They are overhead even now, making a racket as they chant Texas, Texas, Texas. The high cold air brushes the tips of their wings. It’s not a journey to make alone, so they stay in formation, each taking a turn as leader, honking encouragement to the leader, or drafting on the uplift created by the bird ahead.
The preacher faces several challenges in these Ascension texts. How can we present Jesus’ departure from the earth as an occasion for not sorrow but celebration? How to translate the kingship and hierarchical language into imagery that speaks to a world no longer governed by kings and monarchs?
Feminist biblical scholars note a third challenge: How can we counter Luke-Acts' use of the Ascension to exert a degree of social control?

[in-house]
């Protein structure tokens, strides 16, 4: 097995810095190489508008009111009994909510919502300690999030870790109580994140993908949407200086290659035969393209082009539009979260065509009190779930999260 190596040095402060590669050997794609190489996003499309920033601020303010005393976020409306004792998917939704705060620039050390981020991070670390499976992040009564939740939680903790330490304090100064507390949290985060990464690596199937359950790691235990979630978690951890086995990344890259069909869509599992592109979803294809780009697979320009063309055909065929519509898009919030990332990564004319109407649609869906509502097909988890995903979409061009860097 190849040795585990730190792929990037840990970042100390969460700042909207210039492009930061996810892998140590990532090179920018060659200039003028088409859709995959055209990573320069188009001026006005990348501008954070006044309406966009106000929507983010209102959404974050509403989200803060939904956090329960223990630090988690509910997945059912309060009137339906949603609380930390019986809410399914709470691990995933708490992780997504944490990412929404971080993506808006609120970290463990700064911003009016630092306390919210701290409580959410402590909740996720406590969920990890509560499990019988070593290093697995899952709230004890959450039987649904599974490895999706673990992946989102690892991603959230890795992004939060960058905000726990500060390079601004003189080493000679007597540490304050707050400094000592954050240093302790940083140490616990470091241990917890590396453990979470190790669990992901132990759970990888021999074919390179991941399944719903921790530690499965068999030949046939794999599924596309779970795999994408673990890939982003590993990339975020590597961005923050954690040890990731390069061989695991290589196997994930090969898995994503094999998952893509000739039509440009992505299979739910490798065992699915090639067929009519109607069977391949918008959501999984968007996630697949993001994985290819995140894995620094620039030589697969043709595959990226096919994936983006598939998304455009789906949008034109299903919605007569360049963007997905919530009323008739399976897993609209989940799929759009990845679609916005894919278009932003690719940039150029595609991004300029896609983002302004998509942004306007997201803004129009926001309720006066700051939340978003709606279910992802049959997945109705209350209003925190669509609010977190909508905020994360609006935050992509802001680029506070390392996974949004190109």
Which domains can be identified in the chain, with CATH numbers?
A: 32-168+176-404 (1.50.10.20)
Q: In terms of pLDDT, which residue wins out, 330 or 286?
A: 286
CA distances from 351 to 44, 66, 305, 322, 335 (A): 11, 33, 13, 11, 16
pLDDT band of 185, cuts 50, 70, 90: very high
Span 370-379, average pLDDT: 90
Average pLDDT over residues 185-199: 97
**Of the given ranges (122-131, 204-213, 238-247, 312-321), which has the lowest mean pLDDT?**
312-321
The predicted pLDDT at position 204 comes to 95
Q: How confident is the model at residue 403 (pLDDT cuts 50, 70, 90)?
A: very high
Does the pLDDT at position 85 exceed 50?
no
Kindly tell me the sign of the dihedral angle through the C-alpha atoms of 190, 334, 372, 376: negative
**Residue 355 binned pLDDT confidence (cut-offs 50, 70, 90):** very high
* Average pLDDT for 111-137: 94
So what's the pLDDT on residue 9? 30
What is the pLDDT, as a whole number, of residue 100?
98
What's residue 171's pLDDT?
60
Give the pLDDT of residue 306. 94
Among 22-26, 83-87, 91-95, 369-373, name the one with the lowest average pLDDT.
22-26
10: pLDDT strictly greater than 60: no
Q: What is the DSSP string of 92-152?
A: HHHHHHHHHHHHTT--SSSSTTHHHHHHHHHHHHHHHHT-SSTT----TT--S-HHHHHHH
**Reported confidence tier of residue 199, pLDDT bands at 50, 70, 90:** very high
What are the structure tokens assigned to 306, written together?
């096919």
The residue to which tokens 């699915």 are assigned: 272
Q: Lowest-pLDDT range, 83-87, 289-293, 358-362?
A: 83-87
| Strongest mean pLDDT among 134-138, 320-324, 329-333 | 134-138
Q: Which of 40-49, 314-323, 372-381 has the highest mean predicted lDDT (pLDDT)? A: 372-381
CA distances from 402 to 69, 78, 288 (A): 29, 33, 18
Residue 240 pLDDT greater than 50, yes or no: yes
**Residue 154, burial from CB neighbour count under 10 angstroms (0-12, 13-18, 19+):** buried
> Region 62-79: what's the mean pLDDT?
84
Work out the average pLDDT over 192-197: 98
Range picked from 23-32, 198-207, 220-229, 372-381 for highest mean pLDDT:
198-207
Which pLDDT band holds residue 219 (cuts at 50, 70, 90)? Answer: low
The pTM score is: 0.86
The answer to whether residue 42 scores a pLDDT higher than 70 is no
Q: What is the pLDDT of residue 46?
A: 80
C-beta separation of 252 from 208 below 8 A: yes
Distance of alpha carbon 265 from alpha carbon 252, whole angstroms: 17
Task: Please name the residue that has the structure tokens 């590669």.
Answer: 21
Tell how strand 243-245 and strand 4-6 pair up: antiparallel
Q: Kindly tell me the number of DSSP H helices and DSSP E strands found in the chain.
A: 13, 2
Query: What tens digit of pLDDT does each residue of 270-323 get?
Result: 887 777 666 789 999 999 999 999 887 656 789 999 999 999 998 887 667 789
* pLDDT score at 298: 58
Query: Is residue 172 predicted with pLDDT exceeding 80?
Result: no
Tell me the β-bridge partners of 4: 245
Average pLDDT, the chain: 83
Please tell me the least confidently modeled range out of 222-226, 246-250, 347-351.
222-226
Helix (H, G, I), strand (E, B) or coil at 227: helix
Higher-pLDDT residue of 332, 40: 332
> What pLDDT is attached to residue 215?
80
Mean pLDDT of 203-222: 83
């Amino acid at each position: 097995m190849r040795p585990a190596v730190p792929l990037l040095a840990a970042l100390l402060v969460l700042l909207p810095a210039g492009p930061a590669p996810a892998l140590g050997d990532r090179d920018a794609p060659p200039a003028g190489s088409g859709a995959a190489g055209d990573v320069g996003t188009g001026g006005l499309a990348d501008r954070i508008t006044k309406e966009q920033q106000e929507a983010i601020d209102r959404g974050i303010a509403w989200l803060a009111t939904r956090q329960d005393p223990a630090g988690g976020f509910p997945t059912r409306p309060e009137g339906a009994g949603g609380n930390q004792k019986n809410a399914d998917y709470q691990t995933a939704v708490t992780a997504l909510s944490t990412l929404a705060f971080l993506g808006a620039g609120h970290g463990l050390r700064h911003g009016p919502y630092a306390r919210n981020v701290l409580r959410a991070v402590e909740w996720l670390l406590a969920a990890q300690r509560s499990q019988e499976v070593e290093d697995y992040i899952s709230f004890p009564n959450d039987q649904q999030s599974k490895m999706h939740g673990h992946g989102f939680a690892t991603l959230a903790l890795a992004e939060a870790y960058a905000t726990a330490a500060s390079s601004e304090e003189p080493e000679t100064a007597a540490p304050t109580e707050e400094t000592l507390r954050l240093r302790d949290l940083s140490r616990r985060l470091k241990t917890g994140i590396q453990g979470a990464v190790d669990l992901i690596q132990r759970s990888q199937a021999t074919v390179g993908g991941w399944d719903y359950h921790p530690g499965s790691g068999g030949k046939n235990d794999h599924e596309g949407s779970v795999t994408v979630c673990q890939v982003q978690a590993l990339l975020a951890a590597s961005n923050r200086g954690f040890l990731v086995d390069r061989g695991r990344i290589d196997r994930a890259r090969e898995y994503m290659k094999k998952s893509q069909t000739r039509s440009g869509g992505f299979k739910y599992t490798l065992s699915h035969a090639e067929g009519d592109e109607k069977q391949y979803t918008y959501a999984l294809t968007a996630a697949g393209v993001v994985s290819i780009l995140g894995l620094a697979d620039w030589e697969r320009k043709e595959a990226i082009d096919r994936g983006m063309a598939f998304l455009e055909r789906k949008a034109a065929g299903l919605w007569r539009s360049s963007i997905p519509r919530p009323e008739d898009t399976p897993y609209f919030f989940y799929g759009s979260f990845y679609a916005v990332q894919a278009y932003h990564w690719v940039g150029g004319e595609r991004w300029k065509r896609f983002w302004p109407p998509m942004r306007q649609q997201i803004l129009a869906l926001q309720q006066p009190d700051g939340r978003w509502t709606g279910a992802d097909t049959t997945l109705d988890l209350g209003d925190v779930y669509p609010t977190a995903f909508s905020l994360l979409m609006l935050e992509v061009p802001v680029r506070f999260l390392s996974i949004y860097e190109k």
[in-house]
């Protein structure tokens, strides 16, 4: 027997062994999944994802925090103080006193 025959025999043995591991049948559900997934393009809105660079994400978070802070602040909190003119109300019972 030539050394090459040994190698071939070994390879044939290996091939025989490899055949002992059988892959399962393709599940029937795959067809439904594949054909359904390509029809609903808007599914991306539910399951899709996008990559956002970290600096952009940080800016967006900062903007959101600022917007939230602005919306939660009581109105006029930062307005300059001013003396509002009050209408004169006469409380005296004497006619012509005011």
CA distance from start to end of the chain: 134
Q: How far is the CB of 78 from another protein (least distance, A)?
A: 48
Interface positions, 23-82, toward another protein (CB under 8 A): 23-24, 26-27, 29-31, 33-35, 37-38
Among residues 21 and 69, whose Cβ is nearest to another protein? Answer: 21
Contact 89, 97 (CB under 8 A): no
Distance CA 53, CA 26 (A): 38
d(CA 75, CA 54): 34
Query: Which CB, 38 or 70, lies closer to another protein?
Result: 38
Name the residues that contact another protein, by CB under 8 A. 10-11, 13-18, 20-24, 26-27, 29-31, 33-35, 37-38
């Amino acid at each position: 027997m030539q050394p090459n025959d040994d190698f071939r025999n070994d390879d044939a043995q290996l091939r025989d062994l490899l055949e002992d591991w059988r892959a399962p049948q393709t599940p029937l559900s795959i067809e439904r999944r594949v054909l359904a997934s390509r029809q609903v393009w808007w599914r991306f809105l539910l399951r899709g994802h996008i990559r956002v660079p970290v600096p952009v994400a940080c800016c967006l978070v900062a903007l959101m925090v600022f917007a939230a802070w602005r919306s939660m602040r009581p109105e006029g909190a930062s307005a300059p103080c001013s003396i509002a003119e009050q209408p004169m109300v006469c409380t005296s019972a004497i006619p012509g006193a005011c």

Candida Moss unravels a common misperception: that Christianity faced murderous government-sanctioned persecution for its first three centuries, a period in which “the blood of the martyrs” supplied seed for the growing church. Grounded in ten years of research on martyr traditions, Moss’s basic position will surprise few historians.
It is the Feast of Christ the King, the final Sunday of the church’s liturgical year. All of today’s passages reflect on kingships—those of David, God and Jesus. Although Christians in America are far removed from any direct experience of a king, these passages can teach us about our own political life.